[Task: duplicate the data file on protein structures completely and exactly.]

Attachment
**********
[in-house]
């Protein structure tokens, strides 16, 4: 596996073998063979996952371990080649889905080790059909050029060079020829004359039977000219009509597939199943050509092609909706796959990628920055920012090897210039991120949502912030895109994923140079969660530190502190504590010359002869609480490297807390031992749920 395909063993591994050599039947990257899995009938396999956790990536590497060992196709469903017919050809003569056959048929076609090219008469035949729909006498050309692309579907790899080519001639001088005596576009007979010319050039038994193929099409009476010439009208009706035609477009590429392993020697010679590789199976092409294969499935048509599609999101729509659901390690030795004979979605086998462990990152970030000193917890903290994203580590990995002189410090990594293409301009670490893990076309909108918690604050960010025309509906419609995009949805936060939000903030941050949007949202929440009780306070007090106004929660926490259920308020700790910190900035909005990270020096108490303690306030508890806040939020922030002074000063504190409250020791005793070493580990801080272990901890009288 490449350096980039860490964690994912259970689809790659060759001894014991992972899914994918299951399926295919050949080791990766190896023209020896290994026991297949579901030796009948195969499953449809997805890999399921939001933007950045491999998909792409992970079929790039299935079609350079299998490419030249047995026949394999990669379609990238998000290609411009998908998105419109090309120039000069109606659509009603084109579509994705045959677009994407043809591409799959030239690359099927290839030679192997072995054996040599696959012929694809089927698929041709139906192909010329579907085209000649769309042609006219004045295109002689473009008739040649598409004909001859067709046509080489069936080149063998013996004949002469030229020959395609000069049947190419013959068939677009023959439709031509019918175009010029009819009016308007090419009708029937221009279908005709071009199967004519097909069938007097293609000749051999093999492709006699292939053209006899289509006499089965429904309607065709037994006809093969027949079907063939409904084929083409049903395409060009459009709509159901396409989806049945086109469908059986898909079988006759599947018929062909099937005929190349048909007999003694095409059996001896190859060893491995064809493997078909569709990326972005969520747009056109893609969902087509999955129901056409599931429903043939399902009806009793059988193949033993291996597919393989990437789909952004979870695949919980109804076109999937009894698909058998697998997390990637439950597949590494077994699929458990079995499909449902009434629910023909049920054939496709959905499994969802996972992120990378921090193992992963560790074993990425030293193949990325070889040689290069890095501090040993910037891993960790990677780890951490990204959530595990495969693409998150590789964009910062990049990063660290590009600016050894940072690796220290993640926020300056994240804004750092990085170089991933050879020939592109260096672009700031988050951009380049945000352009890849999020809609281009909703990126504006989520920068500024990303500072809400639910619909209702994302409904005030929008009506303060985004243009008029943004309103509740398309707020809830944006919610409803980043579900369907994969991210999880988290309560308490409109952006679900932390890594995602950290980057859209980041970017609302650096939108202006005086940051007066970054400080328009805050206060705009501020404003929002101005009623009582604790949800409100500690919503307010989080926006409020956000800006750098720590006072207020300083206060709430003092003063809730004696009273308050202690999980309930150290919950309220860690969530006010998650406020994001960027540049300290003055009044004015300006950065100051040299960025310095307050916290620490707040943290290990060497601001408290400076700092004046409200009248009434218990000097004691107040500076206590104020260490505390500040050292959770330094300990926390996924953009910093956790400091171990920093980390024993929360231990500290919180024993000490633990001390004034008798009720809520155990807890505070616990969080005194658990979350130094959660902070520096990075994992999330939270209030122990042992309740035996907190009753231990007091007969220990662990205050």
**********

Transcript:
[in-house]
């Protein structure tokens, strides 16, 4: 596996073998063979996952371990080649889905080790059909050029060079020829004359039977000219009509597939199943050509092609909706796959990628920055920012090897210039991120949502912030895109994923140079969660530190502190504590010359002869609480490297807390031992749920 395909063993591994050599039947990257899995009938396999956790990536590497060992196709469903017919050809003569056959048929076609090219008469035949729909006498050309692309579907790899080519001639001088005596576009007979010319050039038994193929099409009476010439009208009706035609477009590429392993020697010679590789199976092409294969499935048509599609999101729509659901390690030795004979979605086998462990990152970030000193917890903290994203580590990995002189410090990594293409301009670490893990076309909108918690604050960010025309509906419609995009949805936060939000903030941050949007949202929440009780306070007090106004929660926490259920308020700790910190900035909005990270020096108490303690306030508890806040939020922030002074000063504190409250020791005793070493580990801080272990901890009288 490449350096980039860490964690994912259970689809790659060759001894014991992972899914994918299951399926295919050949080791990766190896023209020896290994026991297949579901030796009948195969499953449809997805890999399921939001933007950045491999998909792409992970079929790039299935079609350079299998490419030249047995026949394999990669379609990238998000290609411009998908998105419109090309120039000069109606659509009603084109579509994705045959677009994407043809591409799959030239690359099927290839030679192997072995054996040599696959012929694809089927698929041709139906192909010329579907085209000649769309042609006219004045295109002689473009008739040649598409004909001859067709046509080489069936080149063998013996004949002469030229020959395609000069049947190419013959068939677009023959439709031509019918175009010029009819009016308007090419009708029937221009279908005709071009199967004519097909069938007097293609000749051999093999492709006699292939053209006899289509006499089965429904309607065709037994006809093969027949079907063939409904084929083409049903395409060009459009709509159901396409989806049945086109469908059986898909079988006759599947018929062909099937005929190349048909007999003694095409059996001896190859060893491995064809493997078909569709990326972005969520747009056109893609969902087509999955129901056409599931429903043939399902009806009793059988193949033993291996597919393989990437789909952004979870695949919980109804076109999937009894698909058998697998997390990637439950597949590494077994699929458990079995499909449902009434629910023909049920054939496709959905499994969802996972992120990378921090193992992963560790074993990425030293193949990325070889040689290069890095501090040993910037891993960790990677780890951490990204959530595990495969693409998150590789964009910062990049990063660290590009600016050894940072690796220290993640926020300056994240804004750092990085170089991933050879020939592109260096672009700031988050951009380049945000352009890849999020809609281009909703990126504006989520920068500024990303500072809400639910619909209702994302409904005030929008009506303060985004243009008029943004309103509740398309707020809830944006919610409803980043579900369907994969991210999880988290309560308490409109952006679900932390890594995602950290980057859209980041970017609302650096939108202006005086940051007066970054400080328009805050206060705009501020404003929002101005009623009582604790949800409100500690919503307010989080926006409020956000800006750098720590006072207020300083206060709430003092003063809730004696009273308050202690999980309930150290919950309220860690969530006010998650406020994001960027540049300290003055009044004015300006950065100051040299960025310095307050916290620490707040943290290990060497601001408290400076700092004046409200009248009434218990000097004691107040500076206590104020260490505390500040050292959770330094300990926390996924953009910093956790400091171990920093980390024993929360231990500290919180024993000490633990001390004034008798009720809520155990807890505070616990969080005194658990979350130094959660902070520096990075994992999330939270209030122990042992309740035996907190009753231990007091007969220990662990205050």